Journal of Spectroscopy

Journal of Spectroscopy / 2015 / Article

Research Article | Open Access

Volume 2015 |Article ID 868109 |

K. Djebaili, Z. Mekhalif, A. Boumaza, A. Djelloul, "XPS, FTIR, EDX, and XRD Analysis of Al2O3 Scales Grown on PM2000 Alloy", Journal of Spectroscopy, vol. 2015, Article ID 868109, 16 pages, 2015.

XPS, FTIR, EDX, and XRD Analysis of Al2O3 Scales Grown on PM2000 Alloy

Academic Editor: Djordje Mandrino
Received18 Jan 2015
Revised20 Feb 2015
Accepted25 Feb 2015
Published25 Mar 2015


This work is an original example to compare the results obtained after calcination of Al2O3 hydroxides and oxidation of alumino-formers alloys. FTIR and XPS signatures were obtained for various oxidation temperatures and compared with those known from the literature about calcination of Al2O3 precursors. The aim of this work is to evaluate the use of IR spectroscopy and XPS analysis to probe the structural varieties of Al2O3. For this objective, a study of the PM2000 oxidation at various temperatures was conducted by means of XRD, IR spectroscopy, XPS analysis, EDX analysis, and SEM observations. This allowed us to clearly differentiate the transition Al2O3 from the α-Al2O3 and, amongst the transition Al2O3, to differentiate the characteristic of the IR spectrum of γ-δ phases from that of the θ phase.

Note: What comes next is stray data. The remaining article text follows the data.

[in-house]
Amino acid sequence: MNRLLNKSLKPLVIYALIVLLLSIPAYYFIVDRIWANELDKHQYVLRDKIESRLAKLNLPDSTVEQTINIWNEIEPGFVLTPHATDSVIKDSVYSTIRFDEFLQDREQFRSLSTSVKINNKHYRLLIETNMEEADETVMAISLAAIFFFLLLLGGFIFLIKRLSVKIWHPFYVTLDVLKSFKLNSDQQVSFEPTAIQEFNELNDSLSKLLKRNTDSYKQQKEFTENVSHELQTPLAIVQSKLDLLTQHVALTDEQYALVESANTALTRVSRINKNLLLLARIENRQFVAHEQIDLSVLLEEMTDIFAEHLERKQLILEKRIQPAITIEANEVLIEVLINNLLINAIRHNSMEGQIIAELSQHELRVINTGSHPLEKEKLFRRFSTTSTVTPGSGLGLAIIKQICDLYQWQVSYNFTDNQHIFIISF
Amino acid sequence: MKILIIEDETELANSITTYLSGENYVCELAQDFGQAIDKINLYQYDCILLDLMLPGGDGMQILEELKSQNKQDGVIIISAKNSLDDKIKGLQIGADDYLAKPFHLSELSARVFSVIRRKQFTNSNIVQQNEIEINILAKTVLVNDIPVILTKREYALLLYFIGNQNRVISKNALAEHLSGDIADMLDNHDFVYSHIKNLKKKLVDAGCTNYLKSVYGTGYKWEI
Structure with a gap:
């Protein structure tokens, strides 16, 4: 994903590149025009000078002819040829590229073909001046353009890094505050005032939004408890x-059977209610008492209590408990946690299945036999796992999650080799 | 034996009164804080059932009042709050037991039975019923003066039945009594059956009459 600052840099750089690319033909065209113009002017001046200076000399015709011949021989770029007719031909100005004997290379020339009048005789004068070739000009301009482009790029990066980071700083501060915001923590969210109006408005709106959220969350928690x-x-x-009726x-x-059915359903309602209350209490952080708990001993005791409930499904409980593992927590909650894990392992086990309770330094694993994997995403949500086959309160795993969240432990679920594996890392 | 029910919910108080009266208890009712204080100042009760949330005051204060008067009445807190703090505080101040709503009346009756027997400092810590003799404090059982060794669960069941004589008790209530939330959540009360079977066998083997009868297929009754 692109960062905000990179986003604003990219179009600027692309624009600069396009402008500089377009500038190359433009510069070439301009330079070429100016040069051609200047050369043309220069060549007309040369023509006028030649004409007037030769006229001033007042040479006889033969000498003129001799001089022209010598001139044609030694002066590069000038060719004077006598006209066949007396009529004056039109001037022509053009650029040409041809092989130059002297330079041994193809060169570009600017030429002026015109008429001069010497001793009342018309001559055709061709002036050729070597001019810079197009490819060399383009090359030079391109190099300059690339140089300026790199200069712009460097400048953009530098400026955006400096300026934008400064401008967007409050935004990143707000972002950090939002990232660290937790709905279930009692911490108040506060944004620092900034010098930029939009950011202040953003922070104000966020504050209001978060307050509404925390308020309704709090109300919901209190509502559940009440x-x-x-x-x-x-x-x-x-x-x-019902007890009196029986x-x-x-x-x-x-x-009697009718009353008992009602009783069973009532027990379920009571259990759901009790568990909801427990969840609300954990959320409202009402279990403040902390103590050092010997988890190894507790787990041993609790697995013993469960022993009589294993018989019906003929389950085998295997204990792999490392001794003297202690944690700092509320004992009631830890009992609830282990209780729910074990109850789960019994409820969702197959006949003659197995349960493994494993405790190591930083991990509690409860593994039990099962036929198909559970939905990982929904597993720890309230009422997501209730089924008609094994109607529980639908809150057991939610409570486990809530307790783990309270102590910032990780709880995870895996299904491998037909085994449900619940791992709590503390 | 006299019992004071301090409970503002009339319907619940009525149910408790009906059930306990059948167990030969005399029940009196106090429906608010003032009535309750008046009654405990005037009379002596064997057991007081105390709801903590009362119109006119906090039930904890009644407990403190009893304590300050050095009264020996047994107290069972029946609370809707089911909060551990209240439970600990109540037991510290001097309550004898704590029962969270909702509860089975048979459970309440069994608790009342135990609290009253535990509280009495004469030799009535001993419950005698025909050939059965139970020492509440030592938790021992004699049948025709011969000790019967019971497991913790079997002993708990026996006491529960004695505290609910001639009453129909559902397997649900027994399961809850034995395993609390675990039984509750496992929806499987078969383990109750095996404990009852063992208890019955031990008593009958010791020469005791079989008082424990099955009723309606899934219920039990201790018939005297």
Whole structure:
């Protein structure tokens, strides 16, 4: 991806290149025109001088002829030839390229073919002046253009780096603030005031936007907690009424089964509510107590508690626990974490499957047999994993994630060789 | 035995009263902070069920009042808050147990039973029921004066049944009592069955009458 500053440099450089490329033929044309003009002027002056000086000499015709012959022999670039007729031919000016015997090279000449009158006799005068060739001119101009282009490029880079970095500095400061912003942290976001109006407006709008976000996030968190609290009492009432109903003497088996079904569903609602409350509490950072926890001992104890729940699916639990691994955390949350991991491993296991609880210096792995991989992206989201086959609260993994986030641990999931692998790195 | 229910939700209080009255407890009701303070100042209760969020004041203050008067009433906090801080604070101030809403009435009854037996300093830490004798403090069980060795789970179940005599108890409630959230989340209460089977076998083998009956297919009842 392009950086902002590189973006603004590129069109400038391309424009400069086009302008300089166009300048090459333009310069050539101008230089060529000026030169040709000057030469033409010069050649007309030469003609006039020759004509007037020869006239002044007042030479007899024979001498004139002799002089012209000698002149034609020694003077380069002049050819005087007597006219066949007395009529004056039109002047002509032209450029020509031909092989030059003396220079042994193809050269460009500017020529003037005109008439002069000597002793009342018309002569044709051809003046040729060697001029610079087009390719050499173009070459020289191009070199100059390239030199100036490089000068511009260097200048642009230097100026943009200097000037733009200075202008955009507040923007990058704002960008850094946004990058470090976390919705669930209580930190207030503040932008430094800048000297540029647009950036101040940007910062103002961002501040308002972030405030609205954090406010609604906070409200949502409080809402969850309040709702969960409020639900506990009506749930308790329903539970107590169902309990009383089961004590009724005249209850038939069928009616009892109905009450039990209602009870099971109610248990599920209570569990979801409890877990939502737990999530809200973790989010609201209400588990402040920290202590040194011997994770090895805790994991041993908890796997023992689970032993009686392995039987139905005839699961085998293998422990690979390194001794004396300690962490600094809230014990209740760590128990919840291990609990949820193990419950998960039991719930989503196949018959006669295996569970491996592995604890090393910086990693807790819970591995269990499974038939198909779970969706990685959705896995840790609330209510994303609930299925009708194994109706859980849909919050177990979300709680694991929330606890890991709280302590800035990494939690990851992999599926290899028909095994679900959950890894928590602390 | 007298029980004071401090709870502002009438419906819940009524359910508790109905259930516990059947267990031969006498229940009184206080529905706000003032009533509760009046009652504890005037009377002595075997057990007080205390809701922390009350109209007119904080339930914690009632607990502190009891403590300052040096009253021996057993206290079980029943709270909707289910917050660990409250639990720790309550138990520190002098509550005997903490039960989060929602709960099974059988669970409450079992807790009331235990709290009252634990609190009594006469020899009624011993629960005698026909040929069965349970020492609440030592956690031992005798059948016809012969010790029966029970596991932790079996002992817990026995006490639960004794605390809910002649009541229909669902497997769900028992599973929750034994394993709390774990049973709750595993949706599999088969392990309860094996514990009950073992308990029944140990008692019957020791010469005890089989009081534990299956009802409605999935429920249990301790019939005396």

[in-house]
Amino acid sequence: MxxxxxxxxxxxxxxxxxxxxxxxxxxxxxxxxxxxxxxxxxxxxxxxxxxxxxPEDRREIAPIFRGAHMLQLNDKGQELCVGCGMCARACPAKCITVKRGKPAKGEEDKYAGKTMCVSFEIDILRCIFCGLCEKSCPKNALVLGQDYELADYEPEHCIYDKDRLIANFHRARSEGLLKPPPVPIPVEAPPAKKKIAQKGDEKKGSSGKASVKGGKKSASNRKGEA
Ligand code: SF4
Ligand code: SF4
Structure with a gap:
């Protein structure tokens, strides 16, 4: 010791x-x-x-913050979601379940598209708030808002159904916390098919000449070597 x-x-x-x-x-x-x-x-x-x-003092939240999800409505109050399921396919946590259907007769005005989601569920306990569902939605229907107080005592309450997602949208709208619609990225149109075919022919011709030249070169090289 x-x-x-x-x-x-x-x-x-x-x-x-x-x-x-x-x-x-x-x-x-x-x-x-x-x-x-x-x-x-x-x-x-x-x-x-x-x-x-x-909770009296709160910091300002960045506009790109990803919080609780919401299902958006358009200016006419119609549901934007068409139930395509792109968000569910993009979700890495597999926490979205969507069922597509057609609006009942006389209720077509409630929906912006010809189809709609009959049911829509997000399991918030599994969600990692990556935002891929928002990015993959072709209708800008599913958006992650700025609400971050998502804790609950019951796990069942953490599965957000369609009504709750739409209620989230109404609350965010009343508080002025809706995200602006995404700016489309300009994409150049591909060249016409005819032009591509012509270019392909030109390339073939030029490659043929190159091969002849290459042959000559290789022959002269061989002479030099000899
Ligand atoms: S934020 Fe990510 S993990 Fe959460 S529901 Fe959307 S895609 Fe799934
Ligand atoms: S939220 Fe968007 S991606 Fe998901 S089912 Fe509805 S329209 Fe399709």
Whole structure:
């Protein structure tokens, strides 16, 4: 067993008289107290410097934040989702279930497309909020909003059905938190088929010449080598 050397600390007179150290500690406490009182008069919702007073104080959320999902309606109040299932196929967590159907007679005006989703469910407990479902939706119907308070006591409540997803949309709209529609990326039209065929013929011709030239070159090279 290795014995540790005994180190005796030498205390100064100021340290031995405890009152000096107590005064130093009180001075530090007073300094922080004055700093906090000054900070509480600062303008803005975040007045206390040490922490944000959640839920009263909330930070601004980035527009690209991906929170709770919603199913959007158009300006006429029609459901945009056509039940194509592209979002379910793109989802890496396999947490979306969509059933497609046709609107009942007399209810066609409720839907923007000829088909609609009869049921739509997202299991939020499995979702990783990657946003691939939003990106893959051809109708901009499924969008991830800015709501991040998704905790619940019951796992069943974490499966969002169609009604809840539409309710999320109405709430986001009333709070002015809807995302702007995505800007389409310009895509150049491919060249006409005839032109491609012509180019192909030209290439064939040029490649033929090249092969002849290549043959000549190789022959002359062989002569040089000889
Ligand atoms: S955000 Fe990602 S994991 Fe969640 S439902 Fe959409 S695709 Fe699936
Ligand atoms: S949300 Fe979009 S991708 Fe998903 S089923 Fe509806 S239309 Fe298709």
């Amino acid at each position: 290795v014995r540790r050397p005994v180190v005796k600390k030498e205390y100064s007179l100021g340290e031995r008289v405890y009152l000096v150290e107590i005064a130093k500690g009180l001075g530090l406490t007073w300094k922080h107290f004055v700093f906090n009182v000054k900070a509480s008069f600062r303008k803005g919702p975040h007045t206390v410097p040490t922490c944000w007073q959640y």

1. Introduction